Mara, Daughter of the Nile

Definitely my kind of book. I love all things Egyptian and this book has it all. Mara is a slave girl who is sold into a new life as spy for Queen Hatshepsut who is trying to prevent her son Thutmose III from taking his rightful place as pharaoh. Everything gets turned upside down when she's recruited as a spy for the opposite side as well! She works as a double-agent for a while, but begins to believe in Thutmose III's cause, and develop feelings for the leader of the rebellion as well. Mara's duplicity is discovered and mayhem ensues which determines the fate of both Egypt and Mara. This book is beautifully written. Love, love, loved it.

The Fairy Rebel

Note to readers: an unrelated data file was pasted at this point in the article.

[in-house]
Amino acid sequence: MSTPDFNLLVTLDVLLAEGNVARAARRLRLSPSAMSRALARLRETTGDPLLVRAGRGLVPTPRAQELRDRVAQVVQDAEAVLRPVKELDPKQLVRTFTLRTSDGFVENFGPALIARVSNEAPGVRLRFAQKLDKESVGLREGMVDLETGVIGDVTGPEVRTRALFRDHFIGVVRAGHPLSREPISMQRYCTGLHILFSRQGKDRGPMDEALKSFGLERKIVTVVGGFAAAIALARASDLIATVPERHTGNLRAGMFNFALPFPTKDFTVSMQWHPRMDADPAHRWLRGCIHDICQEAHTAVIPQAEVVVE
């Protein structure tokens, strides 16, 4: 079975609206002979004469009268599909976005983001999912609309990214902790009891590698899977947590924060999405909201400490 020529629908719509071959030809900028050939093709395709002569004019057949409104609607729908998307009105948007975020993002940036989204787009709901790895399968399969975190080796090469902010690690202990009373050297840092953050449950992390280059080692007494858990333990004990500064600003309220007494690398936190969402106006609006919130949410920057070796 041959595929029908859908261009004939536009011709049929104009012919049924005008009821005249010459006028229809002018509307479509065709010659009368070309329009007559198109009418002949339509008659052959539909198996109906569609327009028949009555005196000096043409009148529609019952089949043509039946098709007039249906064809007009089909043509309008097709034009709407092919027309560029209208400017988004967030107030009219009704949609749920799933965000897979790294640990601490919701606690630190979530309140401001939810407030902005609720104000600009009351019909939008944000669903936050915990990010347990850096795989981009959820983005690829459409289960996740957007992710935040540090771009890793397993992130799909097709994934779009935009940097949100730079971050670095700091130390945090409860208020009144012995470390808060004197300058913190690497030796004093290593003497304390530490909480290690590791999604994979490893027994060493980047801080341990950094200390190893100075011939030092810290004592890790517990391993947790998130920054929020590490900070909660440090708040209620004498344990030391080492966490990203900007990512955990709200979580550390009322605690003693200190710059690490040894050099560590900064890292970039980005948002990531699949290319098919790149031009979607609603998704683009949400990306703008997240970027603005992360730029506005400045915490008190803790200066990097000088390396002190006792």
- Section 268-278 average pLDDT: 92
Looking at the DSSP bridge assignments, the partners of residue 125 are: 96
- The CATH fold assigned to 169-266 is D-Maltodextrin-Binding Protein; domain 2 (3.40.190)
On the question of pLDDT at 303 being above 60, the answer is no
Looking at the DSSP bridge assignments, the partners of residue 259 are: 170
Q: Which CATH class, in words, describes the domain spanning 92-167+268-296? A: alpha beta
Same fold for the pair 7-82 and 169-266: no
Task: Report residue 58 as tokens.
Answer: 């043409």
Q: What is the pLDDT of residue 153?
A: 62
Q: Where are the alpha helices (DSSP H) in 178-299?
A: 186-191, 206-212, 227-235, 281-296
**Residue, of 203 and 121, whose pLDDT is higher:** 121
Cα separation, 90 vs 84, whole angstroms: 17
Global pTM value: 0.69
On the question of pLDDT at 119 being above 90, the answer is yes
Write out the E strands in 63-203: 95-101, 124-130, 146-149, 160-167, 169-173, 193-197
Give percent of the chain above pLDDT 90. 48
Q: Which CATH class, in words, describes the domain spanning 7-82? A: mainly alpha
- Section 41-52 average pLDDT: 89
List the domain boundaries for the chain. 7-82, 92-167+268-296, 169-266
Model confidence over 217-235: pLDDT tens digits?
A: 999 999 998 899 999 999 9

I'm not kidding, this was one of my absolute favorites when I was a little girl. I'm thrilled to rediscover it. It wasn't nearly as great a book from an adult perspective, but I have so many memories attached to it. It's like everytime I turned a page I caught a glimpse of my younger self reading it. I kept remembering things I'd been doing when I'd read it as a child. It was so fun to read it again. I think Sarah will love this book as much as I did, since she's totally into fairies. Just to jog your memory, (in case you loved this book as a child and forgotten about it like I did) this book is about a woman named Jan who is unable to have children and who miraculously meets a fairy named Tiki one day. Tiki takes pity on Jan and uses her magic to help her have a baby. Jan and her husband name the baby Bindi and all is well, until the fairy queen decides to take revenge on everyone - especially Tiki - for such an illegal bit of magic.